Capable and independent learners are distinguished by their capacity to set goals, self-assess their progress, and adjust as needed. Yet one of the most frequently overlooked aspects of the instructional process involves helping students to develop the meta-cognitive skills of self-evaluation, self-regulation, and reflection. The second E reminds teachers to build in time and expectations for students to regularly self-assess, reflect on the meaning of their learning, and set goals for future performance.

Questions: How will I tailor the learning experiences to the nature of the learners I serve? How might I differentiate instruction to respond to the varied needs of students?

'One size fits all' teaching is rarely optimal. Learners differ significantly in terms of prior knowledge, skill levels, interests, talents, and preferred ways of learning. Accordingly, the most effective teachers get to know their students and tailor their teaching and learning experiences so as to connect the material with the students. A variety of strategies may be employed to differentiate content (how the subject matter is presented), process (how students work), and product (how students demonstrate their learning). The logic of backward design offers a cautionary note here: the content standards and understandings should not be differentiated (except for students with Individual Education Plans). In other words, we differentiate ‘the means’ while keeping ‘the ends’ in mind for all.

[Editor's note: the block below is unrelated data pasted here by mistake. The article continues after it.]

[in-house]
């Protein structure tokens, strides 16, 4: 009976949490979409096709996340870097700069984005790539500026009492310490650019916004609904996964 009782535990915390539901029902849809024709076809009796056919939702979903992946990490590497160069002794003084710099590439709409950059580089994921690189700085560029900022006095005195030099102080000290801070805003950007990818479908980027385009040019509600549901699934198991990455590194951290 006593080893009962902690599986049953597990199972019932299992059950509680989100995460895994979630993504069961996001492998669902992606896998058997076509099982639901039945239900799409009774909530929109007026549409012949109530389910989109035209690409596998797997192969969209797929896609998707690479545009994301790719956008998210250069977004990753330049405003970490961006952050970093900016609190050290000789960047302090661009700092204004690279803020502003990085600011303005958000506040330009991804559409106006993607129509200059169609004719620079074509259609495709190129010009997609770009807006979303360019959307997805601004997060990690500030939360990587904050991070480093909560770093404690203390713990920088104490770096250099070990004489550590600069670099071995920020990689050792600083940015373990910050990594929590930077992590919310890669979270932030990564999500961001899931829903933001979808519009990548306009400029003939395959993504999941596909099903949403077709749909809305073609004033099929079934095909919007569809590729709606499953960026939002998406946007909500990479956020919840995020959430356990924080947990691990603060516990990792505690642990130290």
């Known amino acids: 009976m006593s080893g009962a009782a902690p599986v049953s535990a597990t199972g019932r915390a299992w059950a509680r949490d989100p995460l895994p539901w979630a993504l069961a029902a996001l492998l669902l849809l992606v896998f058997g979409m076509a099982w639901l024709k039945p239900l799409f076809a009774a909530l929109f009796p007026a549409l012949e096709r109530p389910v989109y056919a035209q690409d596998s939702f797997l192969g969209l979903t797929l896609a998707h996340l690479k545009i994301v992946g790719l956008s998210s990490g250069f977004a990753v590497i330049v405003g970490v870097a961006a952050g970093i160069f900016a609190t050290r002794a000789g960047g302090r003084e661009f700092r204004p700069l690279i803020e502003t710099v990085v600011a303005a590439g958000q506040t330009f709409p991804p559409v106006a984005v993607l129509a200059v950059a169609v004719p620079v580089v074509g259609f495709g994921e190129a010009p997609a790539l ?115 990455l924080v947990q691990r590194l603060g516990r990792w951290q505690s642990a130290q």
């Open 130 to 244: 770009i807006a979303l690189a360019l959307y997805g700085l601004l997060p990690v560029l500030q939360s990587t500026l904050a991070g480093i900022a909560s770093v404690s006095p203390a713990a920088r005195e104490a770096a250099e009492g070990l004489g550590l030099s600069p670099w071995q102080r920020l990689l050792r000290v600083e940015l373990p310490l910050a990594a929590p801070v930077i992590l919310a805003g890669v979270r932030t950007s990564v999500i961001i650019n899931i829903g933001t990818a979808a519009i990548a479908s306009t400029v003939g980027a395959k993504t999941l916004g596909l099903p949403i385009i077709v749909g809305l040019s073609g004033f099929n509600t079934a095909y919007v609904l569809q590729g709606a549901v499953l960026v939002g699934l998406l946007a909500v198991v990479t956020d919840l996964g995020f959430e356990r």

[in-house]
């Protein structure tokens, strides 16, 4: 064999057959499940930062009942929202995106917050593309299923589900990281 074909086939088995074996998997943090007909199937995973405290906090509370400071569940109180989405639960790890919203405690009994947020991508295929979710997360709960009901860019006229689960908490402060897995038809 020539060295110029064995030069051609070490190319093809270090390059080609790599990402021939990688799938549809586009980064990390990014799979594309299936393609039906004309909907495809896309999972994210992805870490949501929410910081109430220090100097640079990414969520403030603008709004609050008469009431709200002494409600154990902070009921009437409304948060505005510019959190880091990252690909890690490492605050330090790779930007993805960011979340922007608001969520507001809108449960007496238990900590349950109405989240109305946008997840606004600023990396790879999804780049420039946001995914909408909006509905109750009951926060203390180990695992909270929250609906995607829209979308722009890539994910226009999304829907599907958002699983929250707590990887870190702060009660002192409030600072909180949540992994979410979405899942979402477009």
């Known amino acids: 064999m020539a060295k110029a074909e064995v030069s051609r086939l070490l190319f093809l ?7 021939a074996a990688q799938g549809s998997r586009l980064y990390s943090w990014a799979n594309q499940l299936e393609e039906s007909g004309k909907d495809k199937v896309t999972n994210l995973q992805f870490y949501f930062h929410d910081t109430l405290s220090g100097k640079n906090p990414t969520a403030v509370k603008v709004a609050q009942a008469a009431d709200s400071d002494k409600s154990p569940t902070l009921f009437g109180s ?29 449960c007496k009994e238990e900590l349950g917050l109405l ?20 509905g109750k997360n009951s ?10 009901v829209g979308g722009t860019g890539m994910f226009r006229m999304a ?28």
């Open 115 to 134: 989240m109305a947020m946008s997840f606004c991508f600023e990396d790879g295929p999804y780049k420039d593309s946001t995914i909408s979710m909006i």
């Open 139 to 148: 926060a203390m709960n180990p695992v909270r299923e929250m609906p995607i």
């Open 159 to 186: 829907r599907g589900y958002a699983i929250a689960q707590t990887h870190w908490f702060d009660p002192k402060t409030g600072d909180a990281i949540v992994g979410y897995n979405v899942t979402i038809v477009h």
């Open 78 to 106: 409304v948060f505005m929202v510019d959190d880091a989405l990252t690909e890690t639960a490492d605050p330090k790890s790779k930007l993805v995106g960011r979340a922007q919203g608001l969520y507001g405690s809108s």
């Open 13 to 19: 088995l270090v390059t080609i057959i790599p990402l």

Questions: How will I organise the learning experiences for maximum engagement and effectiveness? What sequence will be optimal given the understanding and transfer goals?